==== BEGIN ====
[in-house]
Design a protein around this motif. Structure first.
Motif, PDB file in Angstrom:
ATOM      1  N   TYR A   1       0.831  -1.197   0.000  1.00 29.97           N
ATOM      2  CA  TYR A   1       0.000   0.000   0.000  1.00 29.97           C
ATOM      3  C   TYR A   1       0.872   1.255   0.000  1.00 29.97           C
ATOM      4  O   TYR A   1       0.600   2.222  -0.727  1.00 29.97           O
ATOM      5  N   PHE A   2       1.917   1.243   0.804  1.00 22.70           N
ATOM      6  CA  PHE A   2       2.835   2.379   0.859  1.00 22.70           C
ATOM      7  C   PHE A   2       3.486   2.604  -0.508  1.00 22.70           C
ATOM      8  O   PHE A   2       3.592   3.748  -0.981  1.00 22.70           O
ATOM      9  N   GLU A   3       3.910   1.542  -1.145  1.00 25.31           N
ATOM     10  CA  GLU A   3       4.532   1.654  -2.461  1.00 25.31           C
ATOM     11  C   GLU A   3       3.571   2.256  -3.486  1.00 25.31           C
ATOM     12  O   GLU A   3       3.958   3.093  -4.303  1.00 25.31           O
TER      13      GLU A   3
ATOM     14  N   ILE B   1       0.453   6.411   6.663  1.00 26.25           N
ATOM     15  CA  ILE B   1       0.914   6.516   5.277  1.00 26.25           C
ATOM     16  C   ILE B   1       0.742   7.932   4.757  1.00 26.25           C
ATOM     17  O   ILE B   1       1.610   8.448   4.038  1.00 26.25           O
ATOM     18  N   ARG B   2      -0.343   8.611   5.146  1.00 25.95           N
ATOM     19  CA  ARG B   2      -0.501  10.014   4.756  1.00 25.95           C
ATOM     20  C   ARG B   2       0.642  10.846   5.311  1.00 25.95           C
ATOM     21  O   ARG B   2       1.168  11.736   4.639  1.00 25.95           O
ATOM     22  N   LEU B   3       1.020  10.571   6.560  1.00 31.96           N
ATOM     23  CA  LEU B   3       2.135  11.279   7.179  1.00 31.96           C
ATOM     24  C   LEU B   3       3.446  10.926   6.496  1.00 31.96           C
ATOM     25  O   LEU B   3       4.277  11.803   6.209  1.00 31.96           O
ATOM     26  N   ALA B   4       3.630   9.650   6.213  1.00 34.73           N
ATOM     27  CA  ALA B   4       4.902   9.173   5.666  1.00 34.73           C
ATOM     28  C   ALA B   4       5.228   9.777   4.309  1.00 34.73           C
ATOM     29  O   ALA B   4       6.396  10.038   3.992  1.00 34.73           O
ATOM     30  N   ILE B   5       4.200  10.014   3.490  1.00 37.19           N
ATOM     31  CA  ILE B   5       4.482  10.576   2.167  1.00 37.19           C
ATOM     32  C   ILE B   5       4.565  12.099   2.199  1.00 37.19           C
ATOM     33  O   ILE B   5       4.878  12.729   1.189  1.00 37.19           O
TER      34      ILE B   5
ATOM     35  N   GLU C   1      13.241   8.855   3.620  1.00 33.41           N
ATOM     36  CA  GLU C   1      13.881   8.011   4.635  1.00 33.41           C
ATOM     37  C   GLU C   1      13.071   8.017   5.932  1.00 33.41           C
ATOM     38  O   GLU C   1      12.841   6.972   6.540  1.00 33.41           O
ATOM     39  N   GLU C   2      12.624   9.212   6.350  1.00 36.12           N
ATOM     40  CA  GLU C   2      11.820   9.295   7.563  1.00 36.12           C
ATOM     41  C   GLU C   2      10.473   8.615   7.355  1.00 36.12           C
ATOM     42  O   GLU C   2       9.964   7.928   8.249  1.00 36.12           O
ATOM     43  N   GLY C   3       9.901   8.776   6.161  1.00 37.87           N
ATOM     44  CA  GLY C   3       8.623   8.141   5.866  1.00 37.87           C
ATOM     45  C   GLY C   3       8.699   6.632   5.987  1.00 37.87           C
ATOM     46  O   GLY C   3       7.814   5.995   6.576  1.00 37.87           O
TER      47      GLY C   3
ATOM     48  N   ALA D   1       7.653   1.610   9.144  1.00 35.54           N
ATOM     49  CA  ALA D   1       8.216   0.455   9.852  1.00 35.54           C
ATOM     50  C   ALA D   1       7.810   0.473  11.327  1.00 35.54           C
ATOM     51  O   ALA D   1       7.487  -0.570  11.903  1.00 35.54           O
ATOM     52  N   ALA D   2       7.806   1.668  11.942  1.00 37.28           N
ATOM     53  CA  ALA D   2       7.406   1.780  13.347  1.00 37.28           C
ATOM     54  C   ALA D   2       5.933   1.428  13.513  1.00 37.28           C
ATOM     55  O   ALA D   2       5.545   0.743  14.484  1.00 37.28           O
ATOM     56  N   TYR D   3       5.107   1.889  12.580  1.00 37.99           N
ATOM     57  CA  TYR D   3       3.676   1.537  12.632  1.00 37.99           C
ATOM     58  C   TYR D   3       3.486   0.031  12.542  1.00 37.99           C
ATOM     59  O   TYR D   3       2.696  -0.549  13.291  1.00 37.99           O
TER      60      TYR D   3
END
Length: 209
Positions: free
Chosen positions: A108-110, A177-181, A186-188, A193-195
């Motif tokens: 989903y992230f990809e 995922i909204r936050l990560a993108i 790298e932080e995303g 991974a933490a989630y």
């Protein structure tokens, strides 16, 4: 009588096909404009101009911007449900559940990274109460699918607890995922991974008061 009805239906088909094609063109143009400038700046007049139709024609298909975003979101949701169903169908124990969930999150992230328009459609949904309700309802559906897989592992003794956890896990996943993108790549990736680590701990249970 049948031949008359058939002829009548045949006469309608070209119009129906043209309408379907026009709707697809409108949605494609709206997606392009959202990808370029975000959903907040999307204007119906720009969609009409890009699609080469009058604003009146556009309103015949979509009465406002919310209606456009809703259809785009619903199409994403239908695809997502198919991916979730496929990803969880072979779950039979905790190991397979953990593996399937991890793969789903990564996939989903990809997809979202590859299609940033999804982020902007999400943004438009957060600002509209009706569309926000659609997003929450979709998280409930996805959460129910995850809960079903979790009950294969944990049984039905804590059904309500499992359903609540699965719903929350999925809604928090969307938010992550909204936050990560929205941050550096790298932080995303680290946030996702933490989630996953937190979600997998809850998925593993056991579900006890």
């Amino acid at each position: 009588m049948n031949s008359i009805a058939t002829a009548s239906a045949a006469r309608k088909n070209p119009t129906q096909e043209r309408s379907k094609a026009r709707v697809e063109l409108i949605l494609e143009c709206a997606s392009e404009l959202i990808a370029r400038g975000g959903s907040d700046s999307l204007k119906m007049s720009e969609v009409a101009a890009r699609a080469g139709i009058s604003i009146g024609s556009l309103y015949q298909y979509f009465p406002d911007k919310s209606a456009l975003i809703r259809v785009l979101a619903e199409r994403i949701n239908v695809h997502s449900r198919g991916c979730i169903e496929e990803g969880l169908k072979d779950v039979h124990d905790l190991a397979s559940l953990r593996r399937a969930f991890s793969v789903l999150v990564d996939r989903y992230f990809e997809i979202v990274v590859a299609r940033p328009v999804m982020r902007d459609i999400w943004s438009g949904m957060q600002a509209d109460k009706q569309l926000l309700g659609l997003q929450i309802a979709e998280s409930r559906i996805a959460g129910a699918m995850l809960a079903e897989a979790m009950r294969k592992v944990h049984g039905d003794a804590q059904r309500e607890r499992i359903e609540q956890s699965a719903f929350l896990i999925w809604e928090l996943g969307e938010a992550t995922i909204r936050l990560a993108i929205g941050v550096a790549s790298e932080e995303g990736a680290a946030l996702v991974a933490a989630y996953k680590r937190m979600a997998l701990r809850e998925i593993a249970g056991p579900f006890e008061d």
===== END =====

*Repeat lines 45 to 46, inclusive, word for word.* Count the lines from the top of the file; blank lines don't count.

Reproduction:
ATOM     42  O   GLU C   2       9.964   7.928   8.249  1.00 36.12           O
ATOM     43  N   GLY C   3       9.901   8.776   6.161  1.00 37.87           N